Perspectives from ISB

The past year and a half was a year of uncertainty. As we await the third wave and more, I introspect how the pandemic has affected our workplace behaviour, mental wellbeing and work-life balance drastically.

The graphic below is a reflection of our journey in radiology.

Learnings from the past year: From being a vestigial arm of healthcare during the early days of Covid-19 with low work volumes in imaging, the radiology community was hurled into this battle of uncertainty.

Tackling initial anxiety at work: Due to the initial fear of working in Covid-affected areas, radiographers and consultants had Zoom meetings and weekly briefings on policy changes and Covid-19 care. The supply of adequate PPE and sanitisation/ disinfection practice in all sections of radiology was a positive for the teams. We segregated Covid from non-Covid care delivery pathways and introduced norms of practising safe and smart imaging. We reduced the imaging waiting, overcrowding, and scan cycles to minimise exposure to all stakeholders.

Leveraging digital radiology in Covid care units: We moved slowly to capitalise on X-ray radiology to assist the diagnosis and surveil Covid pneumonia. Digital mobile X-ray machines were procured on lease and moved into isolation wards and critical care units as the point of care support. The critical care workforce was trained to take radiographs in case of emergency. USG/Doppler protocols for fast USG for abdomen, thorax, and fluid challenge was encouraged.

Healthcare IT transformationIT was a great enabler during the pandemic. X-ray transfer was enabled on digital devices and mobile devices. Hospital radiology became paperless. The wi-fi enabled seamless and rapid image data transfers reduced people and asset movement in the isolation areas.

Adoption of AI: Phone calls from EMO were non-stop and 24X7. Radiology was weaponised to battle the virus with machine learning and artificial intelligence. We introduced voice recognition bots for reporting via desktop as well as mobile devices. In the early days, we were trying to study the X-rays of lungs, comprehensive reports, and print correct findings to solve the treating dilemmas. As weeks flew by, we matured from X-ray to HRCT scans. We created reporting standards, smart reporting, adopted global guidelines, and consensus statements were structured with colleagues in the field.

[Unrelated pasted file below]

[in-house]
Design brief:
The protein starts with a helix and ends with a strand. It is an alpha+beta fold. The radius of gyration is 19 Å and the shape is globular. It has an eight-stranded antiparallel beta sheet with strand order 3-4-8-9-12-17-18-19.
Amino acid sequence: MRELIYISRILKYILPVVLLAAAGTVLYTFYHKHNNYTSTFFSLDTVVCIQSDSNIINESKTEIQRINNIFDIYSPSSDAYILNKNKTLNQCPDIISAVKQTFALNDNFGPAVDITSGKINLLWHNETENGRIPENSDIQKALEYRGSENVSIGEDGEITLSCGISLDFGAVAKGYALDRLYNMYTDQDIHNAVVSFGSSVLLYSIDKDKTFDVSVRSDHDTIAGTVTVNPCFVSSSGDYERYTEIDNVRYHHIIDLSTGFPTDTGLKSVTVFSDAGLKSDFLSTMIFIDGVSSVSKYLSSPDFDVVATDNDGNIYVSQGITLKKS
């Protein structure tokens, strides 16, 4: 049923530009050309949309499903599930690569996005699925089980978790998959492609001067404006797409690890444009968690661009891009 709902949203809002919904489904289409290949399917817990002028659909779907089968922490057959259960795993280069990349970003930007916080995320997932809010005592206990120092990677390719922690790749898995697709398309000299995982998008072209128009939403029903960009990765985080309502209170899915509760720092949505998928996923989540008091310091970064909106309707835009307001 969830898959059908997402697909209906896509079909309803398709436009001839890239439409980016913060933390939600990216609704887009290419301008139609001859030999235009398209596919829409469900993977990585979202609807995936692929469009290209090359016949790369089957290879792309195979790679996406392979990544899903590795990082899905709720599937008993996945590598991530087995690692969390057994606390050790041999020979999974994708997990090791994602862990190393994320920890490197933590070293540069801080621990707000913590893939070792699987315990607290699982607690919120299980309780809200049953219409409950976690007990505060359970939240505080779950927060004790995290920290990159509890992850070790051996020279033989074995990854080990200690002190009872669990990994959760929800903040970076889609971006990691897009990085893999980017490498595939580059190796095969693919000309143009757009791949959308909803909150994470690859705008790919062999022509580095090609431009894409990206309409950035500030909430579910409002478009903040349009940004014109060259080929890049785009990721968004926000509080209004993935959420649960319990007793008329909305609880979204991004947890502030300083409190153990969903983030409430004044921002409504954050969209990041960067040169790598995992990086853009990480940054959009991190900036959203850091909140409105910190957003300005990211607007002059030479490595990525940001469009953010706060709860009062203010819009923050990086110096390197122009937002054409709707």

HRCT became the mainstay for early diagnosis and prognosis in Covid-19 pneumonia.  We partnered with AI companies to use X-ray as well as HRCT triage for reducing the reporting TAT to assist in fast-tracking admissions as well as home care. Our secondline healthworkers were fast-tracked into respiratory and ENT radiology like Netflix and  Amazon Prime hit India in 2020. Our uncertainty has now evolved into confidence, well-armed with the best tools to fight this war.

Making waves in deep tech space: The pandemic opened opportunities for research and scientific deliberations all over the world. We capitalised on moving ahead to partner with big data and deep tech industry to make waves overseas and in India, by collaborating with Japan.

As we faced the second wave, Mucormycosis hit India hard. Once again, radiology geared up for another battle, this time around with MRI and contrast studies for evaluating the impact of Fungal Sinusitis. Our priority has shifted from keeping ourselves safe to keeping the community safe. Post vaccination, our teams feel more safe and secure and are brimming with renewed confidence. Needless to say, the pandemic led to the introduction of the right tools and their rapid adoption. And, this will transform the future of digital radiology.

(This blog is contributed by AMPH Co 2020 alumnus Dr. Avinash Nanivadekar, Head Radiologist & Chief Digital Officer, Grant Medical Foundation, Ruby Hall Clinic, Pune. Read his story here.)

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